Friday, October 28, 2016

The Statue of Liberty in Butler: the story evolves

Longtime readers may recall our surprising discovery of the Statue of Liberty on the balcony of the Butler Police station. To sum up, this eight foot-high replica - which looks pretty accurate at a distance - stands proudly in a prominent part of town, with no apparent connection to the community besides a general air of patriotism. A street in town is named for the statue's sculptor, Frederic Bartholdi, whom we later discovered was a friend of Richard Butler, the community's namesake whose rubber factory was once the largest employer in town. However, there's no prominent signage to describe the link to curious passers-by.

A bit more digging led us to discover that Mr. Butler had his own connection to Liberty Enlightening the World, as the statue is more officially known. The rubber magnate was the Lee Iacocca of his time, playing a major role in raising funds for the construction of the Statue's pedestal. As secretary of the American Committee for the Statue of Liberty, he donated the services of his rubber factory to ship miniature Statues to contributors. In recognition of his service, the French government named him a Chevalier of the Legion of Honor.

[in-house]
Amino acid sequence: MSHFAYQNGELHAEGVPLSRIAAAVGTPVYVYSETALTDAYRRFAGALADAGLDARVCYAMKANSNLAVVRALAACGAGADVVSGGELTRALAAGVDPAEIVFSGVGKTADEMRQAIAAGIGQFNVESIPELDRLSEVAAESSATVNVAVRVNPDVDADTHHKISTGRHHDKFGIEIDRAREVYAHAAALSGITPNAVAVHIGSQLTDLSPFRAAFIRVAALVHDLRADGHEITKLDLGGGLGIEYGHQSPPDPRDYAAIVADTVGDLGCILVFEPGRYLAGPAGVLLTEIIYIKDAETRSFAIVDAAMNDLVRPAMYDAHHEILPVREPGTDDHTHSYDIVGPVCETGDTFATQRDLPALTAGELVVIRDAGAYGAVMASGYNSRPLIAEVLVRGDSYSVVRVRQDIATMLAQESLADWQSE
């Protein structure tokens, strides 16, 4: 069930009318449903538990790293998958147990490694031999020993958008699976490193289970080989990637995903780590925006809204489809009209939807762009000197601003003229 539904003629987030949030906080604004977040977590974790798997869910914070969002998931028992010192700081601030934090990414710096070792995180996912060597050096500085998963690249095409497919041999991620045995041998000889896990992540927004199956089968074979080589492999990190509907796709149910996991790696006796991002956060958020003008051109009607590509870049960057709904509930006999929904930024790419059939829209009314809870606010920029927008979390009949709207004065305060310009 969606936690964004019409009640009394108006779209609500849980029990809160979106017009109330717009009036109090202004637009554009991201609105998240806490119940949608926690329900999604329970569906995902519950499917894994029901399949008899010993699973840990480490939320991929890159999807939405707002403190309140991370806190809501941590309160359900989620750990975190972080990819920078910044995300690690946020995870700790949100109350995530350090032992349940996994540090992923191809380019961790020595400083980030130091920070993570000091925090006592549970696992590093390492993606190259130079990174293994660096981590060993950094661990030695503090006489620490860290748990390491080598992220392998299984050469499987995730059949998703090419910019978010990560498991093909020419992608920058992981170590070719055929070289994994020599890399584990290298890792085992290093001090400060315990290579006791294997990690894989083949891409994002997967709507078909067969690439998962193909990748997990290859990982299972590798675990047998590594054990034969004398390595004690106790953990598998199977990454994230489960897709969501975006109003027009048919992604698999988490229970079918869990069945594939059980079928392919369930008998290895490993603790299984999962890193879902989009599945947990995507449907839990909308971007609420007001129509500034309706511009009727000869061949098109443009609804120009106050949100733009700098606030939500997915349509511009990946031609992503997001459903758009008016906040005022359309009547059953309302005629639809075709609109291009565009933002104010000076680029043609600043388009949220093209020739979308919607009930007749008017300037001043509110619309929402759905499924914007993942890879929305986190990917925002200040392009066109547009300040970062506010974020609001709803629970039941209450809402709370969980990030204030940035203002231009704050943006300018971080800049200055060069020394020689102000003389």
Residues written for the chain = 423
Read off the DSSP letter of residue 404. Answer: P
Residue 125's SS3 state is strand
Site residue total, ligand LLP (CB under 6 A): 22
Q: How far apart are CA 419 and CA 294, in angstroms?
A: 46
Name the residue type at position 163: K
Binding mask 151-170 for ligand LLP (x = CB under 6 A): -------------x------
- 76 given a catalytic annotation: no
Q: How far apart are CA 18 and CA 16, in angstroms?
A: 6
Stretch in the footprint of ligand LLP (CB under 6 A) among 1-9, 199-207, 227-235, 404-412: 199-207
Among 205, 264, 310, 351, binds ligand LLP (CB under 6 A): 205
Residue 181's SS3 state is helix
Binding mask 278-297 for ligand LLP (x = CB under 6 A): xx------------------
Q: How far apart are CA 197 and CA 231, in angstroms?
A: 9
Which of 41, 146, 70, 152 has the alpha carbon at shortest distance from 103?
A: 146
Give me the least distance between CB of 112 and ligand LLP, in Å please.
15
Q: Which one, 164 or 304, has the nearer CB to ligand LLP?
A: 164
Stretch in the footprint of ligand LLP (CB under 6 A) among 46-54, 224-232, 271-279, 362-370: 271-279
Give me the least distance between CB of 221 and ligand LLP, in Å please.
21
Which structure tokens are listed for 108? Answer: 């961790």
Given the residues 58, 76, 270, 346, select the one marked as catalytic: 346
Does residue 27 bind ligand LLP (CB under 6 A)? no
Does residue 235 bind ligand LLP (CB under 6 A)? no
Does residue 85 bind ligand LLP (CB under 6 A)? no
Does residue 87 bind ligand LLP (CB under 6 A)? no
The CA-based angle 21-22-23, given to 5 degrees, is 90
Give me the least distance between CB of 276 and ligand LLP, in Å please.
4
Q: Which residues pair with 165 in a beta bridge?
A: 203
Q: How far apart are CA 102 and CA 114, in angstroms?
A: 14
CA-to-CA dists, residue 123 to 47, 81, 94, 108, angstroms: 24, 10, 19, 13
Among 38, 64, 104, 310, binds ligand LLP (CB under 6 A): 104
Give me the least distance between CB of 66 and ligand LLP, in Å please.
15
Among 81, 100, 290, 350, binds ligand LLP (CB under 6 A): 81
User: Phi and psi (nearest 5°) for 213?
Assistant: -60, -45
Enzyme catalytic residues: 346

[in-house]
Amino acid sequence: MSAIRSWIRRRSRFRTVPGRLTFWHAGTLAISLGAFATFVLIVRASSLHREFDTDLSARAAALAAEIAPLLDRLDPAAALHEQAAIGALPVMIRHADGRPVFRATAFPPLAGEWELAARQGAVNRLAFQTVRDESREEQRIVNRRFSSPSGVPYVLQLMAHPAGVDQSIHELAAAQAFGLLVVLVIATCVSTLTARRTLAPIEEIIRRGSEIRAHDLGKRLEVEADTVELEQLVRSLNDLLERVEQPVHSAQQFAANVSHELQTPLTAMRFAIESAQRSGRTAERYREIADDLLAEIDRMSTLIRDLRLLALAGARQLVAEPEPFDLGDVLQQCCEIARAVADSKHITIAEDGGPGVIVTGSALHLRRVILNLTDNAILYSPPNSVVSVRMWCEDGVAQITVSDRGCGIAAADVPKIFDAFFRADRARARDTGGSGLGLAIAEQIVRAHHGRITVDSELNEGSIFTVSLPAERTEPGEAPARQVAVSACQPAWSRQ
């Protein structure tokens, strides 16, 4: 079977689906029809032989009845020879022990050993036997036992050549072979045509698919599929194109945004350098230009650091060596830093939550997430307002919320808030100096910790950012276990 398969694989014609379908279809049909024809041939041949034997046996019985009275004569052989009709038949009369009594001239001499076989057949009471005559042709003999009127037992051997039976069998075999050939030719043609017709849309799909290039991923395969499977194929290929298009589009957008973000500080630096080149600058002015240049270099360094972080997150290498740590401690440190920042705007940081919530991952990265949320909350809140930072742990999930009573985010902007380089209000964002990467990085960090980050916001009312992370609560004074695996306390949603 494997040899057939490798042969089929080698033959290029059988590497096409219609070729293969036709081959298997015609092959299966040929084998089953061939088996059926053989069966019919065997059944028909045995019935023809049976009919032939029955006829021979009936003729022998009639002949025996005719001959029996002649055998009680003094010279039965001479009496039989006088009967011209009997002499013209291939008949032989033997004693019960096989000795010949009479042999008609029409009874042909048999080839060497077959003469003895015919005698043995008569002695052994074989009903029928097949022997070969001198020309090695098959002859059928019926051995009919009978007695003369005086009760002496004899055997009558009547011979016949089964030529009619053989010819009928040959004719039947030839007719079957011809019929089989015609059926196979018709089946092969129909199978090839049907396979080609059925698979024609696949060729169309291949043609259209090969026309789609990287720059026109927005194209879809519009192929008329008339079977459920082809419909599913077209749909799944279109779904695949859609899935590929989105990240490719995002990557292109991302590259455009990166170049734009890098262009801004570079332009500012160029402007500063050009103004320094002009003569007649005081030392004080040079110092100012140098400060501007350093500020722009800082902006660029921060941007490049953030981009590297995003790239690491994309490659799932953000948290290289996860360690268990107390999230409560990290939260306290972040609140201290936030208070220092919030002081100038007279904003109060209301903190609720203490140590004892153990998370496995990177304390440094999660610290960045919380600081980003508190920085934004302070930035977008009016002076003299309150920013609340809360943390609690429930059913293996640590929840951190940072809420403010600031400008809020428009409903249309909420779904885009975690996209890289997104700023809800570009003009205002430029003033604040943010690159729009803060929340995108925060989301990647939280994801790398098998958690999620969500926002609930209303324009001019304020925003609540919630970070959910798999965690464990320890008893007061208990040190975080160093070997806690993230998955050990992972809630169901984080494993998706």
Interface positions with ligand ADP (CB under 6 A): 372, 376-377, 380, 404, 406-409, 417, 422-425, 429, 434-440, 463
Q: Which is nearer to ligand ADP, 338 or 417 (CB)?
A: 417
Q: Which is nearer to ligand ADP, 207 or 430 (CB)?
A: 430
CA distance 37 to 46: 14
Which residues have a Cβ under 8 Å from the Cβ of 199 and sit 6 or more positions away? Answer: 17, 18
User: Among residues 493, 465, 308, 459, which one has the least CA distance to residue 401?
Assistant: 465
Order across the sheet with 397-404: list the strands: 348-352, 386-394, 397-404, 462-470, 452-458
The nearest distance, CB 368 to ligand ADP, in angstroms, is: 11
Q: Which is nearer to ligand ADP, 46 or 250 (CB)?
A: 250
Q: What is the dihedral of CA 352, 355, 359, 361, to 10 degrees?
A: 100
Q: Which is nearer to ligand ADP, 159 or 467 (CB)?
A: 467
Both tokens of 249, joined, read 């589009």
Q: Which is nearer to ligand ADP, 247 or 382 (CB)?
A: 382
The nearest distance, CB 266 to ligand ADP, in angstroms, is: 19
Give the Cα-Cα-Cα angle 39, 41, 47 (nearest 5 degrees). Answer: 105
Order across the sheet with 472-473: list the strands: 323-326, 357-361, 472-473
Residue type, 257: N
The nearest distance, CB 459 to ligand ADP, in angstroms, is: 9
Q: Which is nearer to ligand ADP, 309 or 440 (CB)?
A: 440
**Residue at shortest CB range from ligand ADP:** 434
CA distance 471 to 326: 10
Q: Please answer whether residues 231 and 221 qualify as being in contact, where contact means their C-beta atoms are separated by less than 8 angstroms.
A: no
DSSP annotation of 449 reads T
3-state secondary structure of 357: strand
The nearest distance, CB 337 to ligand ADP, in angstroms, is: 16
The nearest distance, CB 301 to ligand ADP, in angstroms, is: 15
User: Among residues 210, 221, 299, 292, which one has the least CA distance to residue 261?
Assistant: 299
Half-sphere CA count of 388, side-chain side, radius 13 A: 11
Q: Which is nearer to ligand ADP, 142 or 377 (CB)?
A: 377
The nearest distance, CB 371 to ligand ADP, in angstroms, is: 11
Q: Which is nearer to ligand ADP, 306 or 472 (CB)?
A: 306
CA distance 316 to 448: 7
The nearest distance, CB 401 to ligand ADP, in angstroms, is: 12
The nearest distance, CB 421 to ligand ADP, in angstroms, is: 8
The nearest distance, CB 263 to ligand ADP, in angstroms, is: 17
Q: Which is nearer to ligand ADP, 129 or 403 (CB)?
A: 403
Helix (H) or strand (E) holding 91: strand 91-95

That solved one mystery, but we were still left to wonder about the origin of the police station Liberty. We figured she probably wasn't actually manufactured in Butler, since the statuettes the rubber company shipped were made by the Newton Bottle Stopper Company of New York. Still, she looks too accurate to have been crafted by a well-meaning fan.

It took us a while, but we got the answer during a visit to the Butler Museum during Morris County's recent Pathways to History weekend. According to the Butler Historical Society folks, their Liberty was one of several that were used as decoration on Liberty Island for the Statue's rededication celebration in 1986. How it got from the celebration to Butler is another question for another day; our friends at the Historical Society invited us to come back to review their substantial collection of Statue-related documents, ephemera and artifacts.

We kind of like this mystery and where it's taken us. Sometimes uncovering the story in pieces is even more fun than getting to the bottom of it in one swipe.



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